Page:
Wednesday, August 17, 2011
Here is some advice that could potentially save you tens of dollars. If you ever see a game with the LJN rainbow logo, especially if it is an NES game, don't buy it. I don't care if it only costs a dollar, chances are really good that the game isn't worth that much. What brings this topic on is the impressively terrible Back to the Future for NES. It was developed by Beam Software, a company that has made a lot of crap, but also a few interesting titles, such as the SNES version of Shadowrun. It doesn't really matter, it was payed for by LJN, and it is based on a movie license, so it clearly has a 0% chance of being any good.
Back in the early nineties there was a race to create the next big mascot character. Publishers saw the success of Sonic the Hedgehog, and they wanted some of that sweet money of children. A lot of companies that didn't need a mascot ended up with one just so they could make a bland platform game based around him, and one of the best examples of this is Accolade's Bubsy. It may have not been that great of a game, but the character of Bubsy the bobcat had enough 'tude to sell a bunch of games and green light a few sequels.
Monday, August 15, 2011
There aren't a lot classic arcade games that I can really get into, but I've always kind of liked Asteroids. That must be why I ended up with Asteroids for the Game Boy Color, which no doubt something I got out of a bargain bin at some point. This version of the game was part of a group of remakes for modern systems in the late nineties, all of which were developed by Syrox Developments, whom were also behind the Game Gear version of The Lion King, and not much else.
Sunday, August 14, 2011
As a child of thrifty parents, my CD collection as a child was pretty weird. For every Soul Asylum album, I also had some weird crap that I got because it was cheap, like this soundtrack for the Mega Man cartoon. Some department store was going out of business and had a bunch of stuff on clearance, so since it had Mega Man on it and it costs three dollars or something, it seemed worth a purchase. Hey, the title theme to the cartoon was a solid example of Saturday morning cartoon music, so how bad could it be? Well, as it turns out that song isn't on the album, and basically everything that is on it is wholly inappropriate. Throughout this article will be Youtube videos for the songs that I've been able to find on there, so thanks go out to the brave people that have uploaded them. Please note that any of the videos that actually have anything to do with the cartoon are fan-made.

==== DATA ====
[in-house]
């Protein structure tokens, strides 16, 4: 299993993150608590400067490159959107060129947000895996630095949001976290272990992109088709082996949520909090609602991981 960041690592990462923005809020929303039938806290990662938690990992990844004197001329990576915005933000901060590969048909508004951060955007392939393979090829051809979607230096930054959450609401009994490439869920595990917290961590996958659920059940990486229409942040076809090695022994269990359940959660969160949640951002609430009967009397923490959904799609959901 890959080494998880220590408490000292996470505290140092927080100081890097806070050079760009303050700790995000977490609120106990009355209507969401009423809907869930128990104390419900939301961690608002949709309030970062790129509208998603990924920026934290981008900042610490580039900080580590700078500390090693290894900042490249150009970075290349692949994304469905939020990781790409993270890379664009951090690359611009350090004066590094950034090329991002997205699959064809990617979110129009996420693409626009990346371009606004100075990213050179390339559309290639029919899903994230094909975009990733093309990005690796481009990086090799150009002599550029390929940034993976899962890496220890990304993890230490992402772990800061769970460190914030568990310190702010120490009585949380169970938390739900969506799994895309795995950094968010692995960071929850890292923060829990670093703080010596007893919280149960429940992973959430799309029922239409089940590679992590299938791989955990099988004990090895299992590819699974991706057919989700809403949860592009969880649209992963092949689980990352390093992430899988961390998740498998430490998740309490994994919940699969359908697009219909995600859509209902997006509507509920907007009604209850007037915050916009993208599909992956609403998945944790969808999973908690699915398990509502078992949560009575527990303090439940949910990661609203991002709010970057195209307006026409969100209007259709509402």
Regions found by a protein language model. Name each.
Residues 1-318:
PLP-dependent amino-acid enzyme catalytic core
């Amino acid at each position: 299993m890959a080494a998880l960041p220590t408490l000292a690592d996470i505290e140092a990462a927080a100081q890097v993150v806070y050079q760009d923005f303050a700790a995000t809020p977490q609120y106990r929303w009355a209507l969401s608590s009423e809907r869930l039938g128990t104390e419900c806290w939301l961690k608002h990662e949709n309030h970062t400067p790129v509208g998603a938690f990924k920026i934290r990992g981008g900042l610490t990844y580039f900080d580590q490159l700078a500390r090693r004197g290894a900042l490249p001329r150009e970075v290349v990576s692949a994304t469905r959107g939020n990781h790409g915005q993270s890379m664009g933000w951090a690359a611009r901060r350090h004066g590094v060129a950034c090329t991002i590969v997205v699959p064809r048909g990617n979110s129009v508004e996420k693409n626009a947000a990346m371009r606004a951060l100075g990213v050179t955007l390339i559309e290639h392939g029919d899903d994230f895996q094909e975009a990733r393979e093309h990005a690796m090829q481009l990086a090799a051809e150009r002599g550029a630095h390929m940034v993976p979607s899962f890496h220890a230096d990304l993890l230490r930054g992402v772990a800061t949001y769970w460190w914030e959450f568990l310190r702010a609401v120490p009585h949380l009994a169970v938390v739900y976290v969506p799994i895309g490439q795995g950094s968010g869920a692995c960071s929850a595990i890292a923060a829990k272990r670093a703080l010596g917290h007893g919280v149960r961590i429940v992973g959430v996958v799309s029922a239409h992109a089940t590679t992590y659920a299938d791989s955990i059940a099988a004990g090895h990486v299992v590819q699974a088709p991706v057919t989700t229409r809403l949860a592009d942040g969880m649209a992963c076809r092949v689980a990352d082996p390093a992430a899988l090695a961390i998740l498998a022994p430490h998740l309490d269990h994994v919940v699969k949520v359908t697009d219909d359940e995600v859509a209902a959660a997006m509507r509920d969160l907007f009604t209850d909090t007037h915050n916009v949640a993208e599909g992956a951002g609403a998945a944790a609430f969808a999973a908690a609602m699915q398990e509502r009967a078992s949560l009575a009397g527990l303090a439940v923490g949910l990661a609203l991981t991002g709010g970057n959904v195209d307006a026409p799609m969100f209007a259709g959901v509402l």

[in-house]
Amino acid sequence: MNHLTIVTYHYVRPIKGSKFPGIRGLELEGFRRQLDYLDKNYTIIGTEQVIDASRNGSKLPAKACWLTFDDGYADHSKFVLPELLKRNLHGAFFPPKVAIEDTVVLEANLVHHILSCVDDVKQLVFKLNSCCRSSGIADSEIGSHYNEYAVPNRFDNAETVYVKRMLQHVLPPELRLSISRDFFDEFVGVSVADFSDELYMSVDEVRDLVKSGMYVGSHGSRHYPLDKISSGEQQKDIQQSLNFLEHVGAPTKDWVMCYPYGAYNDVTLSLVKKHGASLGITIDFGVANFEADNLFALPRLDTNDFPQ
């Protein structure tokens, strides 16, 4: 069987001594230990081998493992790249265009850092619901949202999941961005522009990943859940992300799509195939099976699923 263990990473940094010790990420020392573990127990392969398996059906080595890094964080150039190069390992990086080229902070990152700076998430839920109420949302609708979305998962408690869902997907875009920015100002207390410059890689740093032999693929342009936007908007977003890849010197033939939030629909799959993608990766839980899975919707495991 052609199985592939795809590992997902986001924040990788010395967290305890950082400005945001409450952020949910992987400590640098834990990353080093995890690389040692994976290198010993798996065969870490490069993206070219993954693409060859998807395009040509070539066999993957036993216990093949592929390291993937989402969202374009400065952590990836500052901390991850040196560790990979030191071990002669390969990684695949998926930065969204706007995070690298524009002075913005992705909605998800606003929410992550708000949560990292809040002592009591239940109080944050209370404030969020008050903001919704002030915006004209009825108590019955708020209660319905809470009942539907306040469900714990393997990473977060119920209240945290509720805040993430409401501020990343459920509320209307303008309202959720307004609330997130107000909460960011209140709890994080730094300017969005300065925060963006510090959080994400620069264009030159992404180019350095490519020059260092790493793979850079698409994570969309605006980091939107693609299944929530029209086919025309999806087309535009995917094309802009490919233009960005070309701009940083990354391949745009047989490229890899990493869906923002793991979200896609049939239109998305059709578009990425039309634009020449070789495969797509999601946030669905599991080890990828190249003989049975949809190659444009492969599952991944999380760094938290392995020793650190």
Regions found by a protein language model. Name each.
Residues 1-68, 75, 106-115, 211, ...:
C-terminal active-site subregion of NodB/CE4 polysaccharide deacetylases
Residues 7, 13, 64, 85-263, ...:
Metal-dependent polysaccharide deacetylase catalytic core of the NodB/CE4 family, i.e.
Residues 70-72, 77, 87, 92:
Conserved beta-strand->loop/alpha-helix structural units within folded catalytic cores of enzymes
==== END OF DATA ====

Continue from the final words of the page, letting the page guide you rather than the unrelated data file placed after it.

I've already written about how impressive it is that SNK was able to condense Metal Slug down into a Neo Geo Pocket Color game in 1999, but since then there have been quite a few portable Metal Slug games. Immediately following Metal Slug 1st Mission there was 2nd Mission, also on the Neo Geo Pocket Color, but then the company collapsed and it took a bit for the next to come along. In 2004, Noise Factory, the company best known for Rage of the Dragons and the later Power Instinct games, though they also assisted in developing Metal Slug 4 and 5, made Metal Slug Advance for the Game Boy Advance. This title expanded on the tweaks originally started in the NGPC games.
Friday, August 12, 2011
It has been a long time since I've played through Illusion of Gaia, so I don't really remember the intricacies of the game, but there are a lot of moments that are very memorable. I am having a hard time judging how well the game is known. It seems that anyone that has played it remembers it well, but I don't think it is as widely known as other similar SNES titles. I have a lot of fond memories of the game, but for some reason I've never went back and replayed it. Illusion of Gaia is just a strange game in a whole lot of ways.
Tuesday, August 9, 2011